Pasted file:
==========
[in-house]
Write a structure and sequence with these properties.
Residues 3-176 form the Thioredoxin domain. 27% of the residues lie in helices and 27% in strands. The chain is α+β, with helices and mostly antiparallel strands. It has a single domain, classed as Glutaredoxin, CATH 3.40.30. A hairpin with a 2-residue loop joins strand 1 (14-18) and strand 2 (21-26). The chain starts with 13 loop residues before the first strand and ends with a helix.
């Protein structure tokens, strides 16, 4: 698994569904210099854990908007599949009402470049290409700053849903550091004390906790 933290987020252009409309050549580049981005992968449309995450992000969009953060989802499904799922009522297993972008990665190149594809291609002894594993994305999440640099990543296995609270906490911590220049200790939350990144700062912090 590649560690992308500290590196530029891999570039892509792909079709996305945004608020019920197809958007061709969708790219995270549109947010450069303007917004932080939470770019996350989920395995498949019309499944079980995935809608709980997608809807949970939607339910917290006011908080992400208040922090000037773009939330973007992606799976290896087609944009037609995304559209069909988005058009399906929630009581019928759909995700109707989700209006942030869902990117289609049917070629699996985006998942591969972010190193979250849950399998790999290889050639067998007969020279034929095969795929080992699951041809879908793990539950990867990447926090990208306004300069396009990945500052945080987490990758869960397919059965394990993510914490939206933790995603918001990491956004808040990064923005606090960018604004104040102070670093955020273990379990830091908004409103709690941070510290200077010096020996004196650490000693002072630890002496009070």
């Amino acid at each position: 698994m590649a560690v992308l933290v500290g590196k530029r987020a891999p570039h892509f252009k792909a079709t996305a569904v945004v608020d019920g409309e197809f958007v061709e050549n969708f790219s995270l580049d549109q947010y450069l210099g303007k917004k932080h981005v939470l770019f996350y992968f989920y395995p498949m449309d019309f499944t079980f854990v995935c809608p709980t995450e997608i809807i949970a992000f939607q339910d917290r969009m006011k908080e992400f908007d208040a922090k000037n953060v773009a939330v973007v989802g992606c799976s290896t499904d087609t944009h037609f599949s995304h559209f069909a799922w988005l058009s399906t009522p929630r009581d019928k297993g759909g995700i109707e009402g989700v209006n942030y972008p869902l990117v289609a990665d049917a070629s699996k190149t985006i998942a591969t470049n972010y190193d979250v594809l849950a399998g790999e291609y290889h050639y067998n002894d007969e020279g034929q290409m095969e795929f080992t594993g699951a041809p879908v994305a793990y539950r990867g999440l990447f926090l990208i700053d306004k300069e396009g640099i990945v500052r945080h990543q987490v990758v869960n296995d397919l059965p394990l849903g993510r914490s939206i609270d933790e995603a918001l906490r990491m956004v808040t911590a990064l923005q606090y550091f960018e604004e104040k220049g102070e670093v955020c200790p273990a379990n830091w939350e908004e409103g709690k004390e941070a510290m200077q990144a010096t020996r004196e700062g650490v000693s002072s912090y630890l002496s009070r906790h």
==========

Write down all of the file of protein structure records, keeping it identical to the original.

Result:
[in-house]
Write a structure and sequence with these properties.
Residues 3-176 form the Thioredoxin domain. 27% of the residues lie in helices and 27% in strands. The chain is α+β, with helices and mostly antiparallel strands. It has a single domain, classed as Glutaredoxin, CATH 3.40.30. A hairpin with a 2-residue loop joins strand 1 (14-18) and strand 2 (21-26). The chain starts with 13 loop residues before the first strand and ends with a helix.
């Protein structure tokens, strides 16, 4: 698994569904210099854990908007599949009402470049290409700053849903550091004390906790 933290987020252009409309050549580049981005992968449309995450992000969009953060989802499904799922009522297993972008990665190149594809291609002894594993994305999440640099990543296995609270906490911590220049200790939350990144700062912090 590649560690992308500290590196530029891999570039892509792909079709996305945004608020019920197809958007061709969708790219995270549109947010450069303007917004932080939470770019996350989920395995498949019309499944079980995935809608709980997608809807949970939607339910917290006011908080992400208040922090000037773009939330973007992606799976290896087609944009037609995304559209069909988005058009399906929630009581019928759909995700109707989700209006942030869902990117289609049917070629699996985006998942591969972010190193979250849950399998790999290889050639067998007969020279034929095969795929080992699951041809879908793990539950990867990447926090990208306004300069396009990945500052945080987490990758869960397919059965394990993510914490939206933790995603918001990491956004808040990064923005606090960018604004104040102070670093955020273990379990830091908004409103709690941070510290200077010096020996004196650490000693002072630890002496009070």
């Amino acid at each position: 698994m590649a560690v992308l933290v500290g590196k530029r987020a891999p570039h892509f252009k792909a079709t996305a569904v945004v608020d019920g409309e197809f958007v061709e050549n969708f790219s995270l580049d549109q947010y450069l210099g303007k917004k932080h981005v939470l770019f996350y992968f989920y395995p498949m449309d019309f499944t079980f854990v995935c809608p709980t995450e997608i809807i949970a992000f939607q339910d917290r969009m006011k908080e992400f908007d208040a922090k000037n953060v773009a939330v973007v989802g992606c799976s290896t499904d087609t944009h037609f599949s995304h559209f069909a799922w988005l058009s399906t009522p929630r009581d019928k297993g759909g995700i109707e009402g989700v209006n942030y972008p869902l990117v289609a990665d049917a070629s699996k190149t985006i998942a591969t470049n972010y190193d979250v594809l849950a399998g790999e291609y290889h050639y067998n002894d007969e020279g034929q290409m095969e795929f080992t594993g699951a041809p879908v994305a793990y539950r990867g999440l990447f926090l990208i700053d306004k300069e396009g640099i990945v500052r945080h990543q987490v990758v869960n296995d397919l059965p394990l849903g993510r914490s939206i609270d933790e995603a918001l906490r990491m956004v808040t911590a990064l923005q606090y550091f960018e604004e104040k220049g102070e670093v955020c200790p273990a379990n830091w939350e908004e409103g709690k004390e941070a510290m200077q990144a010096t020996r004196e700062g650490v000693s002072s912090y630890l002496s009070r906790h």